As Aboriginal women on occupied Coast Salish Territory, we, the Aboriginal Women’s Action Network (AWAN) implore you to pay attention to the voices of Aboriginal women and women’s groups who are speaking out in the interest of our sisters, our daughters, our friends and all women whose voices have not been heard in the recent media discussion on prostitution and legalized brothels for the 2010 Olympics.
We, the Aboriginal Women’s Action Network, speak especially in the interests of the most vulnerable women -street prostitutes, of which a significant number are young Aboriginal women and girls. We have a long, multi-generational history of colonization, marginalization, and displacement from our Homelands, and rampant abuses that has forced many of our sisters into prostitution. Aboriginal women are often either forced into prostitution, trafficked into prostitution or are facing that possibility. Given that the average age at which girls enter prostitution is fourteen, the majority with a history of unspeakable abuses, we are also speaking out for the Aboriginal children who are targeted by johns and pimps. Aboriginal girls are hunted down and prostituted, and the perpetrators go uncharged with child sexual assault and child rape. These predators, pervasive in our society, roam with impunity in our streets and take advantage of those Aboriginal children with the least protection. While we are speaking out for the women in the downtown eastside of Vancouver, we include women from First Nations Reserves, and other Aboriginal communities, most of whom have few resources and limited choices. We include them because AWAN members also originate from those communities, and AWAN members interact regularly with Native women from these communities.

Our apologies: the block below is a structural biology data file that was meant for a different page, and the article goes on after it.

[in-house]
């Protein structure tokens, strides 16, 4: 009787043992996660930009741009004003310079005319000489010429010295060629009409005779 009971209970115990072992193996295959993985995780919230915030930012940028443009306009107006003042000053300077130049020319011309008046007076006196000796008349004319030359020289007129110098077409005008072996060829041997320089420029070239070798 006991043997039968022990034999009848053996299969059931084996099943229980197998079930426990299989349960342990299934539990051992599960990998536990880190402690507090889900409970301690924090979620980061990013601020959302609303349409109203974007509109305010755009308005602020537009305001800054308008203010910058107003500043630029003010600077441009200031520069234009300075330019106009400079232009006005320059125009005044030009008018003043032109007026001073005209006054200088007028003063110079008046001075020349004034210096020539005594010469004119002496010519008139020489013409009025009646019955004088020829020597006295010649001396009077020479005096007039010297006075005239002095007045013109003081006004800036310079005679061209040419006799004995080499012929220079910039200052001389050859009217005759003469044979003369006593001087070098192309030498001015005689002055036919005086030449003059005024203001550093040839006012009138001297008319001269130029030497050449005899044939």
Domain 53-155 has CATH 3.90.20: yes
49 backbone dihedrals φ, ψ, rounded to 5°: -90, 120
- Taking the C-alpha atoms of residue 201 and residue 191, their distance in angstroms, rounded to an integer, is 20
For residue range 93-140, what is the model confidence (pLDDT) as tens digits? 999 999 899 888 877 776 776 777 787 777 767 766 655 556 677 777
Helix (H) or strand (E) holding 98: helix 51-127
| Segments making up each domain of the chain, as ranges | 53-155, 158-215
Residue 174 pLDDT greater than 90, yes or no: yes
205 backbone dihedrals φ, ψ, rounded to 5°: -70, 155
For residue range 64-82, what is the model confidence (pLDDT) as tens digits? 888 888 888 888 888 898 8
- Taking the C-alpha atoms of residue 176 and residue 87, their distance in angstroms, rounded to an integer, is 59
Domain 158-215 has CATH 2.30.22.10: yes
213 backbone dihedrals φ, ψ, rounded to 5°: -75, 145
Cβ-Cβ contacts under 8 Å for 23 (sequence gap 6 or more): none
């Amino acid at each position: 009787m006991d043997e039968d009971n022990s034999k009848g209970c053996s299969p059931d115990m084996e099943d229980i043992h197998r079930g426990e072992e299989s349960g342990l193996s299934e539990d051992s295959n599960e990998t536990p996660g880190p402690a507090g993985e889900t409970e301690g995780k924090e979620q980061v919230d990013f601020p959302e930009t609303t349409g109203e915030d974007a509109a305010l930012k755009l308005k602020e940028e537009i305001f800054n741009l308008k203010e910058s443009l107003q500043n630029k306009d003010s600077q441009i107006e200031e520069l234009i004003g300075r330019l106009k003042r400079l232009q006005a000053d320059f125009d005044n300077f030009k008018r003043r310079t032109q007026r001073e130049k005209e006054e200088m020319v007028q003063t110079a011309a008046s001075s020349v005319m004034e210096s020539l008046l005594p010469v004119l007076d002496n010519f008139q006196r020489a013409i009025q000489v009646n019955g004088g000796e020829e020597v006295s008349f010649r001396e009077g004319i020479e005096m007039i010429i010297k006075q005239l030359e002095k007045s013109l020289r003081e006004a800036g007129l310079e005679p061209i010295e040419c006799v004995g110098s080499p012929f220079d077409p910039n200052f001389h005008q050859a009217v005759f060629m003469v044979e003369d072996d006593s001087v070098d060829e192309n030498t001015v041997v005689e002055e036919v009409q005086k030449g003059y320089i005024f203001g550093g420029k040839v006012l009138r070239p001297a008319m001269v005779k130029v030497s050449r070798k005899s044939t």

The Aboriginal Women’s Action Network opposes the legalization of prostitution, and any state regulation of prostitution that entrenches Aboriginal women and children in the so-called “sex trade.” We hold that legalizing prostitution in Vancouver will not make it safer for those prostituted, but will merely increase their numbers. Contrary to current media coverage of the issue, the available evidence suggests that it would in fact be harmful, would expand prostitution and would promote trafficking, and would only serve to make prostitution safer and more profitable for the men who exploit and harm prostituted women and children. Although many well-meaning people think that decriminalization simply means protecting prostituted women from arrest, it also refers, dangerously, to the decriminalization of johns and pimps. In this way prostitution is normalized, johns multiply, and pimps and traffickers become legitimated entrepreneurs. Say “No” to this lack of concern for marginalized women and children, who in this industry are expected to serve simply as objects of consumption! The Aboriginal Women’s Action Network opposes the legalization of brothels for the 2010 Olympics. We refuse to be commodities in the so-called “sex industry” or offer up our sisters and daughters to be used as disposable objects for sex tourists.